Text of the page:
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= Echinopsis multiplex (Pfeiff.) Zucc. ex Pfeiff. & Otto
Abbild. Beschr. Cact. 1(1): t. 4. 1838 [Oct 1838] Pfeiff.
Accepted Scientific Name: Echinopsis oxygona (Link) Zucc. ex Pfeiff.
Abbild. Beschr. Cact. 2(i): sub t. 4. 1845 [Jan-Feb 1845] Pfeiff.
Origin and Habitat: Bolivia, Argentina, Uruguay, and Paraguay
- Echinopsis multiplex (Pfeiff.) Zucc. ex Pfeiff. & Otto
Echinopsis oxygona (Link) Zucc. ex Pfeiff.
Abbild. Beschr. Cact. 2(i): sub t. 4. 1845 [Jan-Feb 1845]
- Echinopsis oxygona (Link) Zucc. ex Pfeiff.
- Echinopsis multiplex (Pfeiff.) Zucc. ex Pfeiff. & Otto
- Echinopsis paraguayensis Mundt ex F.Ritter
- Echinopsis schwantesii Frič
Echinopsis oxygona f. monstruosa hort.
- Echinopsis oxygona f. monstruosa hort.
ENGLISH: Easter Lily Cactus, Night-blooming Hedge-hogs
Description: Echinopsis multiplexSN|8380]]SN|8380]] is closely related to Echinopsis oxygonaSN|8376]]SN|8376]] and may not be easily distinct from the latter, but flower-tube more enlarged above and its scales distant, large. Echinopsis oxygonaSN|8376]]SN|8376]] is quite variable and has received numerous unnecessary names of no botanical value, representing no more than local phenotypes:Echinopsis multiplexSN|8380]]SN|8380]] is one of them, but it still has a value for a collector because they identify plants with particular characters.
In collections of cacti, plants apparently intermediate in character are frequently found, as well as many hybrids. This plant is common in cultivation.
Habit: These cacti grow rapidly and may simple or most often form big clumps up to 60 cm in diameter.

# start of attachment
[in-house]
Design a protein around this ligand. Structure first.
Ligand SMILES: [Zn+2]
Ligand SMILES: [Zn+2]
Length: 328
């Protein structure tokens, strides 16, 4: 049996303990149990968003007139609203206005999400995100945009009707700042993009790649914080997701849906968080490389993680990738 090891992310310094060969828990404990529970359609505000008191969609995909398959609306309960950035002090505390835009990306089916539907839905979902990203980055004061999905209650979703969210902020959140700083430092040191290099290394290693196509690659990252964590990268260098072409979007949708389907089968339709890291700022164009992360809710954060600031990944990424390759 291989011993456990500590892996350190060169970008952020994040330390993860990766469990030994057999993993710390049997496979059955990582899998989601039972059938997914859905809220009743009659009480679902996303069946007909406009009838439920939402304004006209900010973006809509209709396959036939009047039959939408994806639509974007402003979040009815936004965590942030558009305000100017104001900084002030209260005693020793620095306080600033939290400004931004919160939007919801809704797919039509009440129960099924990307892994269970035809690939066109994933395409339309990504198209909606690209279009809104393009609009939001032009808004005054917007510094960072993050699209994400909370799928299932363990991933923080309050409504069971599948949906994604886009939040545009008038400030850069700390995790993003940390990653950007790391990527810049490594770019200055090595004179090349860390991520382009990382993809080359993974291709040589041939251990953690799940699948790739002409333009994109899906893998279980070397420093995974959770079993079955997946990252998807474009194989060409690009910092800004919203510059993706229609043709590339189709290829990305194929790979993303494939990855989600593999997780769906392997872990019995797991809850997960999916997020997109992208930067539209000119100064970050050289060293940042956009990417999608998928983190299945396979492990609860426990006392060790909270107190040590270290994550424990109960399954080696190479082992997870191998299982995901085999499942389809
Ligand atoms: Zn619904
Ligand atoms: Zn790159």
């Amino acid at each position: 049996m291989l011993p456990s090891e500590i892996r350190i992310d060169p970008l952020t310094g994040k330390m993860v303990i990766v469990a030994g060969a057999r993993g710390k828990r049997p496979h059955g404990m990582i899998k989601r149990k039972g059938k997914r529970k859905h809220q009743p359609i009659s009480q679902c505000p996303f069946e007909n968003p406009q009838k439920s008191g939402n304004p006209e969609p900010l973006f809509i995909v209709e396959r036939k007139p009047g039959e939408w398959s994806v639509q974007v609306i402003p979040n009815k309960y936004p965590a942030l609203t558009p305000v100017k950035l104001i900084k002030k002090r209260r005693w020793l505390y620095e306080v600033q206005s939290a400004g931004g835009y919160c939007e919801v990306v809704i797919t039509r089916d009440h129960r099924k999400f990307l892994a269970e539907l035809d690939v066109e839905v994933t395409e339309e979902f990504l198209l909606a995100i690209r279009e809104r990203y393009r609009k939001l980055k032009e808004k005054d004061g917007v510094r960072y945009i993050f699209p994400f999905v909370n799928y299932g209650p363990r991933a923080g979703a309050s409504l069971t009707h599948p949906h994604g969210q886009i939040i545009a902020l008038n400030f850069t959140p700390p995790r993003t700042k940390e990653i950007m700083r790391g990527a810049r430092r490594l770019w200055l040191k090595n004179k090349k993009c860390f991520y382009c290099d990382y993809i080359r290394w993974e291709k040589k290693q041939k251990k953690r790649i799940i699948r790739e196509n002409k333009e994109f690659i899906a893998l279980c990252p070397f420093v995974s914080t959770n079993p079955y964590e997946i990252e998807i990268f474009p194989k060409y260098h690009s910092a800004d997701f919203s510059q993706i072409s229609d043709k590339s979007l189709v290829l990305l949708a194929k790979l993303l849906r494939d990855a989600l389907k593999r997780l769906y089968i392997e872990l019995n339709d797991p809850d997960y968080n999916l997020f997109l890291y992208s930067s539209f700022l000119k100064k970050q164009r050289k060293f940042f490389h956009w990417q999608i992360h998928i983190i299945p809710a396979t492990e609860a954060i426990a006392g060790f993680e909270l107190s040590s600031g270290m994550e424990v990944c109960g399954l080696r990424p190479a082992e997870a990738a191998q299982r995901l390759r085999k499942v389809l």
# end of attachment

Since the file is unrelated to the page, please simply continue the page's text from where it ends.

Stem: The stems is globose, globose to elongate, eventually short cylindrical to somewhat clavate, rounded or depressed at apex, clustering from near the base, green passing to greyish green or somewhat glaucous, (5-)10-15(-25) cm in diameter 15-30 cm high.
Ribs: 12-15, straight, broad at base, rounded on back, acute, slightly undulate.
Areoles: Large, filled with short white wool, about 1 cm apart.
Spines: 0.5 to 2.5 cm long subulate and stout, hard, blackish, yellowish-brown, brown, or horn coloured with darker tips, spreading and more or less curved.
Radial spines: The areoles have 13-15 radial spines, ascending, 2 cm long.
Central spines: 1-5, sometimes absent, thick, needle-like, eventually 20-45 mm long.
Flowers: Usually from areoles halfway up the side of the plant, white, pink, pale red to lavender, funnel-shaped, fragrant with long tubes 15-20(-30) cm long, 5-10 cm in diameter, its tube distinctly enlarged above, its scales large, distinct. Inner perianth-segments broad, rose-colored, acuminate. Stamens and style much shorter than perianth-segments, but exserted beyond the throat. Stigma-lobes white, slender, 6 or 7.Old plant may have dozen of stunning flowers open at a time.
Blooming season: This species blooms from late spring to all summer long. The flower last only one day in full beauty, they open at evening and start to wither the next afternoon on hot days. On cool days they will last longer.
Fruit: Fruits green, to 4 cm long and 2 cm in diameter.
Remarks: This plant has been widely crossed with other species of Echinopsis and the number of cultivars seems unending. The flowers are lovely and are available in an assortment of bright colours ranging from magenta, red, orange, to yellow, and much sought-after by Cactophiles everywhere.
Subspecies, varieties, forms and cultivars of plants belonging to the Echinopsis oxygona group
- Echinopsis multiplex (Pfeiff.) Zucc. ex Pfeiff. & Otto: is too closely related and similar to E. oxygona to warrant any specific rank, but flower-tube enlarged above, its scales distant, large. Distribution: Southern Brazil.